If you count in DevDay which took place about month ago, this shows that Polish developer’s community is in great shape. This makes me very happy.

Especially, that’s not the end. This weekend Łódż will be packed with great events. Starting on Friday with .NET user group meeting and then Mobilization conf on Saturday (free as free beer, and there are still tickets available). Then on 16th November Makerland is organizing meetup for hardware geeks. If you like to play around with Raspberry Pi, Arduino or Mindstorm, this will be interesting for you. And of course there’s Øredev in Malmo and Build Stuff in Vilnius, which both will be invaded by quite big polish crews.

So, don’t stay at home – find an event that fits you and get some knowledge!

Fall will be eventfull

Fall is usually period packed with great conferences. Summer is slowly coming to an end and it’s time to plan, which of them are you going to attend. I put my small list of events worth considering, which are “in the area” during next few months.

When: 20th September
Where: Krakow, Poland
Sessions: http://devday.pl/Agenda
Registration: http://devday.pl/Register

Devday is one day event, 2 tracks, 12 speakers. It’s free, courtesy of ABB. Registration is open till 8pm today, so that’s last chance to fill registration form. Get creative, because attendees will be selected based on those answers. Lineup is already very impressive, although not everything has been reveled yet. Last year was a blast, and I can’t wait to go there this year too.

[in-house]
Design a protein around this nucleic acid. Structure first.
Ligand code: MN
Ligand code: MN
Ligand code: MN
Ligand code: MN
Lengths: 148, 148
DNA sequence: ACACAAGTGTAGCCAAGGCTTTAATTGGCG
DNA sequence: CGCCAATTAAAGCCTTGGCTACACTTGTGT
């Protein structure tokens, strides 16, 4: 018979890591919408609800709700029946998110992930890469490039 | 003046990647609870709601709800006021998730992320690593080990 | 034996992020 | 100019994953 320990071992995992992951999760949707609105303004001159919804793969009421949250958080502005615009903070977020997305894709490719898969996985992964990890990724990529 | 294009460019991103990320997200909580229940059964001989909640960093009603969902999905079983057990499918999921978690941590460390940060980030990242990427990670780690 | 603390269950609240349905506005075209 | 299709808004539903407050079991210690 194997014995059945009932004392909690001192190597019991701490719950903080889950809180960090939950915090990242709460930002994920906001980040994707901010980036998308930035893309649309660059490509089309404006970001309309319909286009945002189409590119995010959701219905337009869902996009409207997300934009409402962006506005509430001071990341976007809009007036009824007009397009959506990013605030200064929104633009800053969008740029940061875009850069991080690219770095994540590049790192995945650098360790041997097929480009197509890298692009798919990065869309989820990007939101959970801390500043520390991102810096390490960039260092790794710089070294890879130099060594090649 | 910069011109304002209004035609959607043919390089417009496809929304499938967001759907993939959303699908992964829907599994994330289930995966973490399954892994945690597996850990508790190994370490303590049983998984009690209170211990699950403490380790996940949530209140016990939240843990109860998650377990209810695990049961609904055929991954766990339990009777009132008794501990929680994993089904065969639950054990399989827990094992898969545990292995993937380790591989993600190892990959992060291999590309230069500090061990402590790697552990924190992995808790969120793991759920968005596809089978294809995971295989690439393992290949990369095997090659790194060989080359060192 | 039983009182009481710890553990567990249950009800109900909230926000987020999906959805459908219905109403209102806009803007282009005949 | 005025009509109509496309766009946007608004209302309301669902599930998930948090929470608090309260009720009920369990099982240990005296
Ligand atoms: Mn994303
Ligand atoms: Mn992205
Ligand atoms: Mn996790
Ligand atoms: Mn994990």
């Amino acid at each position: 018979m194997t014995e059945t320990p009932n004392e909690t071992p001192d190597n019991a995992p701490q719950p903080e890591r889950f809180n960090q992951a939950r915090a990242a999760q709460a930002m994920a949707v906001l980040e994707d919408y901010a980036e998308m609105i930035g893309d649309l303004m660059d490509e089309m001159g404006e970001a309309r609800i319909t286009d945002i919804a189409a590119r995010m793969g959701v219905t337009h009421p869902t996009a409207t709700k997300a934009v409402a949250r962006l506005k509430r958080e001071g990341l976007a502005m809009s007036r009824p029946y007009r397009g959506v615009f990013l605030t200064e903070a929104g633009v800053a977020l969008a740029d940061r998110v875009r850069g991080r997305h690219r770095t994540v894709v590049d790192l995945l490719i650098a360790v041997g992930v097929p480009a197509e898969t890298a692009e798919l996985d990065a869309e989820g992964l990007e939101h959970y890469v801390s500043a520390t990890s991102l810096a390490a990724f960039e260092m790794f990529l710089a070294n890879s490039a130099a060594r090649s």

When: 12th October
Where: Stockholm, Sweden
Agenda: http://leetspeak.se/2013/#schedule
Registration: http://leetspeak.se/2013/#registration

Leetspeak is also one day event, single track, 6 speakers. Thanks to tretton37 and other sponsors, it’s very cheap (200SEK). Tickets are on sale for two days, and most of them are already gone. Be quick, if you want to get there! I really enjoyed my weekend in Malmo last year, and I am anticipating similar this year in Stockholm.

When: 4-8 November
Where: Malmo, Sweden
Agenda: http://oredev.org/2013/wed-fri-conference
Registration: http://oredev.org/2013/registration

Oredev is Scandinavian classic, one of the biggest and most popular conferences in Europe. It takes place in Malmo in early November. It’s quite pricey, but for the money you get three days packed with multiple tracks with awesome speakers. I’ve never been there and unfortunately won’t be there this year, but I heard mostly good stuff about this conference. If you have opportunity, it’s definitely good event to attend. Tickets are still available.

Build Stuff
When: 9-11 December
Where: Vilnius, Lithuania
Speaker list and registration: http://buildstuff.lt/

Build Stuff is Greg Young’s conference in Vilnius. It started last year as small, single track one day event. This year, it exploded into full blown 3-day Oredev-league conference, still staying within reasonable price range. It looks promising, is not very expensive, and only few hours drive from Poland. You really need a good reason not to go there.

When you choose event, and attend it remember to act accordingly. They’re great social events, from which you can get much more than just knowledge. My friends wrote a spot-on post about it. Just read second part of it.